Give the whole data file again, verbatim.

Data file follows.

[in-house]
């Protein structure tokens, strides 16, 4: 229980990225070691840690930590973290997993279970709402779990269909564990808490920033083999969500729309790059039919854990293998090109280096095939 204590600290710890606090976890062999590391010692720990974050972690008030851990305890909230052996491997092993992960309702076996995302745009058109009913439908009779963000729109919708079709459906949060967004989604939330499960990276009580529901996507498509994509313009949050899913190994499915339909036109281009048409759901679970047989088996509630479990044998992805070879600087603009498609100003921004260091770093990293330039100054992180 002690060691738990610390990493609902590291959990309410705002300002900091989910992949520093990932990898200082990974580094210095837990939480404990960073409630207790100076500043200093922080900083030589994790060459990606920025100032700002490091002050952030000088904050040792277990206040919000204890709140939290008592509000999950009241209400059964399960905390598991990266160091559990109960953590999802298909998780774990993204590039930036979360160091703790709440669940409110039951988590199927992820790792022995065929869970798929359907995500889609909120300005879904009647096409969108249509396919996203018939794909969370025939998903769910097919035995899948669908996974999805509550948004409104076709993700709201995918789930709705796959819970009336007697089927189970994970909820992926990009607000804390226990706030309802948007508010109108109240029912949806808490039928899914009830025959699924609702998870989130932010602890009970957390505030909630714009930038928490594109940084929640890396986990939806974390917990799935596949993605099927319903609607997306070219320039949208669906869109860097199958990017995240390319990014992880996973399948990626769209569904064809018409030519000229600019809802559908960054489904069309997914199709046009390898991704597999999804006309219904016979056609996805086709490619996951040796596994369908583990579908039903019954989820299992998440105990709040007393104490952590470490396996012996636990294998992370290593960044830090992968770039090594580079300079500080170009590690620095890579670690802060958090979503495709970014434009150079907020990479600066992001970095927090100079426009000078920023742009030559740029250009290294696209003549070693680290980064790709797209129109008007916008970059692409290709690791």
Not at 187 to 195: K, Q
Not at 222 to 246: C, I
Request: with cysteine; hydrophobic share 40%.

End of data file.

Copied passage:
[in-house]
């Protein structure tokens, strides 16, 4: 229980990225070691840690930590973290997993279970709402779990269909564990808490920033083999969500729309790059039919854990293998090109280096095939 204590600290710890606090976890062999590391010692720990974050972690008030851990305890909230052996491997092993992960309702076996995302745009058109009913439908009779963000729109919708079709459906949060967004989604939330499960990276009580529901996507498509994509313009949050899913190994499915339909036109281009048409759901679970047989088996509630479990044998992805070879600087603009498609100003921004260091770093990293330039100054992180 002690060691738990610390990493609902590291959990309410705002300002900091989910992949520093990932990898200082990974580094210095837990939480404990960073409630207790100076500043200093922080900083030589994790060459990606920025100032700002490091002050952030000088904050040792277990206040919000204890709140939290008592509000999950009241209400059964399960905390598991990266160091559990109960953590999802298909998780774990993204590039930036979360160091703790709440669940409110039951988590199927992820790792022995065929869970798929359907995500889609909120300005879904009647096409969108249509396919996203018939794909969370025939998903769910097919035995899948669908996974999805509550948004409104076709993700709201995918789930709705796959819970009336007697089927189970994970909820992926990009607000804390226990706030309802948007508010109108109240029912949806808490039928899914009830025959699924609702998870989130932010602890009970957390505030909630714009930038928490594109940084929640890396986990939806974390917990799935596949993605099927319903609607997306070219320039949208669906869109860097199958990017995240390319990014992880996973399948990626769209569904064809018409030519000229600019809802559908960054489904069309997914199709046009390898991704597999999804006309219904016979056609996805086709490619996951040796596994369908583990579908039903019954989820299992998440105990709040007393104490952590470490396996012996636990294998992370290593960044830090992968770039090594580079300079500080170009590690620095890579670690802060958090979503495709970014434009150079907020990479600066992001970095927090100079426009000078920023742009030559740029250009290294696209003549070693680290980064790709797209129109008007916008970059692409290709690791």
Not at 187 to 195: K, Q
Not at 222 to 246: C, I
Request: with cysteine; hydrophobic share 40%.